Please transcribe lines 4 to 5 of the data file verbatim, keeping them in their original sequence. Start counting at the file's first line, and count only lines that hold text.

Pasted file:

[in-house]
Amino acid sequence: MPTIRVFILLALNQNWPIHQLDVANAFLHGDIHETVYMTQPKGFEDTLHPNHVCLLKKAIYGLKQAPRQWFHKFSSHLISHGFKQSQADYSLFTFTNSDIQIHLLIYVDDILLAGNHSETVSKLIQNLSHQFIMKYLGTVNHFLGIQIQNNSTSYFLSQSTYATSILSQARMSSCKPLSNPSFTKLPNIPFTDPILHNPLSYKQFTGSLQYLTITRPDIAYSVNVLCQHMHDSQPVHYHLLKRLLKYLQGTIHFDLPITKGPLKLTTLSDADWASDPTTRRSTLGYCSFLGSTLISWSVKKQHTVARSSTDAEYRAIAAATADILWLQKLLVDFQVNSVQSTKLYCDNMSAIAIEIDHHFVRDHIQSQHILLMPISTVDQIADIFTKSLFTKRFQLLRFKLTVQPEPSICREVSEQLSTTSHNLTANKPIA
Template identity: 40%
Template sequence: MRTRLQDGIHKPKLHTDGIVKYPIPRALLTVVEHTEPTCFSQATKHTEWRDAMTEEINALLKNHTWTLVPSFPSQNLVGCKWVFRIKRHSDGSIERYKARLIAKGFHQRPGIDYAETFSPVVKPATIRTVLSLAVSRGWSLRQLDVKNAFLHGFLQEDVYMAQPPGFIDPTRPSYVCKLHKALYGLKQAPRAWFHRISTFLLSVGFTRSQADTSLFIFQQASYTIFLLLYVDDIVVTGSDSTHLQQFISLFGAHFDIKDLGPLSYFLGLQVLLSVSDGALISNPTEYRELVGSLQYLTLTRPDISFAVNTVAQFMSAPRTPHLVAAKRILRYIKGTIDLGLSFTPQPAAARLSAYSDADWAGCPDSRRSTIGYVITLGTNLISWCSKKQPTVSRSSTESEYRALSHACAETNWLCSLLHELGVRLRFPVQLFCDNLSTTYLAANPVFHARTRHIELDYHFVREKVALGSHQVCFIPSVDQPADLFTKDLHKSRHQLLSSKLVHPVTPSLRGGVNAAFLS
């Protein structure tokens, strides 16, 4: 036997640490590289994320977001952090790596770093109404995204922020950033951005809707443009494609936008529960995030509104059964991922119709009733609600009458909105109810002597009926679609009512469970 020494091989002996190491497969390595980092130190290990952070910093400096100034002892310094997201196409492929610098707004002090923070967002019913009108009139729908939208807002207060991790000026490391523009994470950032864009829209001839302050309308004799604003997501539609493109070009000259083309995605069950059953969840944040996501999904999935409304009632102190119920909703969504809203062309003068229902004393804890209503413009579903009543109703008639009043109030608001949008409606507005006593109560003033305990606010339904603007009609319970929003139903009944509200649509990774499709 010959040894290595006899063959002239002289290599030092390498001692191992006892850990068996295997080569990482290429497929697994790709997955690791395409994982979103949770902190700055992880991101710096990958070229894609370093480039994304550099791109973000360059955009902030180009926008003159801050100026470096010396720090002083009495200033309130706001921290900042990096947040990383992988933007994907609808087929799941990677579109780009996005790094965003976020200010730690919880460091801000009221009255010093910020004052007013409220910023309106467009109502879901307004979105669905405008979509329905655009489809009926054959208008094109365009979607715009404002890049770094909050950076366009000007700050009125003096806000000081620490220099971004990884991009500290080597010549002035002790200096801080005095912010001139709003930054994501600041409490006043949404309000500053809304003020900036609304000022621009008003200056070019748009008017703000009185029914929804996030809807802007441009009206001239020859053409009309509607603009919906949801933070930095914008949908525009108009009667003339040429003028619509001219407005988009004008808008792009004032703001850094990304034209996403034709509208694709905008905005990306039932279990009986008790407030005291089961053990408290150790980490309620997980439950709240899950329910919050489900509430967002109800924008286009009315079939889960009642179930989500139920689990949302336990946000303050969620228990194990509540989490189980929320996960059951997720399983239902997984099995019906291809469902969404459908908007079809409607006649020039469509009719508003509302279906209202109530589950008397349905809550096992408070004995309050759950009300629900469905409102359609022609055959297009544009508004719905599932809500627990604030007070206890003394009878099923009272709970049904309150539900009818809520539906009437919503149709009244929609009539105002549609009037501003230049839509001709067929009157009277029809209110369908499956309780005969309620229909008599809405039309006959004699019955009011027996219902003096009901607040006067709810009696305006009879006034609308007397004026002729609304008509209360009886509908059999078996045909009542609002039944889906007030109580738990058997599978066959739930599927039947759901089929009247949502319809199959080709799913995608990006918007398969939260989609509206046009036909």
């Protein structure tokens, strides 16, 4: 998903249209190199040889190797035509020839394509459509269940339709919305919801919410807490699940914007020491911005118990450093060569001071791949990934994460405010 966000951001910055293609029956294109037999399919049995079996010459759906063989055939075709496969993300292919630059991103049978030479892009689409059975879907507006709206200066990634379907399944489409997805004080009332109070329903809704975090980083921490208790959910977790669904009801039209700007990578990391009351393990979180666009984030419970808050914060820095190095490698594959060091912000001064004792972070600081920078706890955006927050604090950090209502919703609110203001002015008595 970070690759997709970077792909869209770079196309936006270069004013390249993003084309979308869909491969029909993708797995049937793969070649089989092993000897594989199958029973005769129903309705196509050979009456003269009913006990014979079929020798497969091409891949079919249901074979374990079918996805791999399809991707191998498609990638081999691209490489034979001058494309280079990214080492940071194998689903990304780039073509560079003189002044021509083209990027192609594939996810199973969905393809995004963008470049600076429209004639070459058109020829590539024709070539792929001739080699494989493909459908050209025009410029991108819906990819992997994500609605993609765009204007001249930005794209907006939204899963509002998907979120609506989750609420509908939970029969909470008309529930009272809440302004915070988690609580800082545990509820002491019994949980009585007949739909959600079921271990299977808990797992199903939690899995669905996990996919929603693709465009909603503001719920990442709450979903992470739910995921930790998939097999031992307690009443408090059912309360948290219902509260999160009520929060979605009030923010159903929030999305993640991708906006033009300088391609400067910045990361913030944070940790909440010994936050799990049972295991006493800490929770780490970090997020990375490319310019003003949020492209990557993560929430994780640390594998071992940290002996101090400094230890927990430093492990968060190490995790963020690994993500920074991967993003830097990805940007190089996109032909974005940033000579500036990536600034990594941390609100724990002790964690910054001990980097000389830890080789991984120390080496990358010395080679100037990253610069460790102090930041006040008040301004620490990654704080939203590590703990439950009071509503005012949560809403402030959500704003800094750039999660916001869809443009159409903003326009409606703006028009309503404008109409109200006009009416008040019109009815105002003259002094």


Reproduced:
Template sequence: MRTRLQDGIHKPKLHTDGIVKYPIPRALLTVVEHTEPTCFSQATKHTEWRDAMTEEINALLKNHTWTLVPSFPSQNLVGCKWVFRIKRHSDGSIERYKARLIAKGFHQRPGIDYAETFSPVVKPATIRTVLSLAVSRGWSLRQLDVKNAFLHGFLQEDVYMAQPPGFIDPTRPSYVCKLHKALYGLKQAPRAWFHRISTFLLSVGFTRSQADTSLFIFQQASYTIFLLLYVDDIVVTGSDSTHLQQFISLFGAHFDIKDLGPLSYFLGLQVLLSVSDGALISNPTEYRELVGSLQYLTLTRPDISFAVNTVAQFMSAPRTPHLVAAKRILRYIKGTIDLGLSFTPQPAAARLSAYSDADWAGCPDSRRSTIGYVITLGTNLISWCSKKQPTVSRSSTESEYRALSHACAETNWLCSLLHELGVRLRFPVQLFCDNLSTTYLAANPVFHARTRHIELDYHFVREKVALGSHQVCFIPSVDQPADLFTKDLHKSRHQLLSSKLVHPVTPSLRGGVNAAFLS
């Protein structure tokens, strides 16, 4: 036997640490590289994320977001952090790596770093109404995204922020950033951005809707443009494609936008529960995030509104059964991922119709009733609600009458909105109810002597009926679609009512469970 020494091989002996190491497969390595980092130190290990952070910093400096100034002892310094997201196409492929610098707004002090923070967002019913009108009139729908939208807002207060991790000026490391523009994470950032864009829209001839302050309308004799604003997501539609493109070009000259083309995605069950059953969840944040996501999904999935409304009632102190119920909703969504809203062309003068229902004393804890209503413009579903009543109703008639009043109030608001949008409606507005006593109560003033305990606010339904603007009609319970929003139903009944509200649509990774499709 010959040894290595006899063959002239002289290599030092390498001692191992006892850990068996295997080569990482290429497929697994790709997955690791395409994982979103949770902190700055992880991101710096990958070229894609370093480039994304550099791109973000360059955009902030180009926008003159801050100026470096010396720090002083009495200033309130706001921290900042990096947040990383992988933007994907609808087929799941990677579109780009996005790094965003976020200010730690919880460091801000009221009255010093910020004052007013409220910023309106467009109502879901307004979105669905405008979509329905655009489809009926054959208008094109365009979607715009404002890049770094909050950076366009000007700050009125003096806000000081620490220099971004990884991009500290080597010549002035002790200096801080005095912010001139709003930054994501600041409490006043949404309000500053809304003020900036609304000022621009008003200056070019748009008017703000009185029914929804996030809807802007441009009206001239020859053409009309509607603009919906949801933070930095914008949908525009108009009667003339040429003028619509001219407005988009004008808008792009004032703001850094990304034209996403034709509208694709905008905005990306039932279990009986008790407030005291089961053990408290150790980490309620997980439950709240899950329910919050489900509430967002109800924008286009009315079939889960009642179930989500139920689990949302336990946000303050969620228990194990509540989490189980929320996960059951997720399983239902997984099995019906291809469902969404459908908007079809409607006649020039469509009719508003509302279906209202109530589950008397349905809550096992408070004995309050759950009300629900469905409102359609022609055959297009544009508004719905599932809500627990604030007070206890003394009878099923009272709970049904309150539900009818809520539906009437919503149709009244929609009539105002549609009037501003230049839509001709067929009157009277029809209110369908499956309780005969309620229909008599809405039309006959004699019955009011027996219902003096009901607040006067709810009696305006009879006034609308007397004026002729609304008509209360009886509908059999078996045909009542609002039944889906007030109580738990058997599978066959739930599927039947759901089929009247949502319809199959080709799913995608990006918007398969939260989609509206046009036909």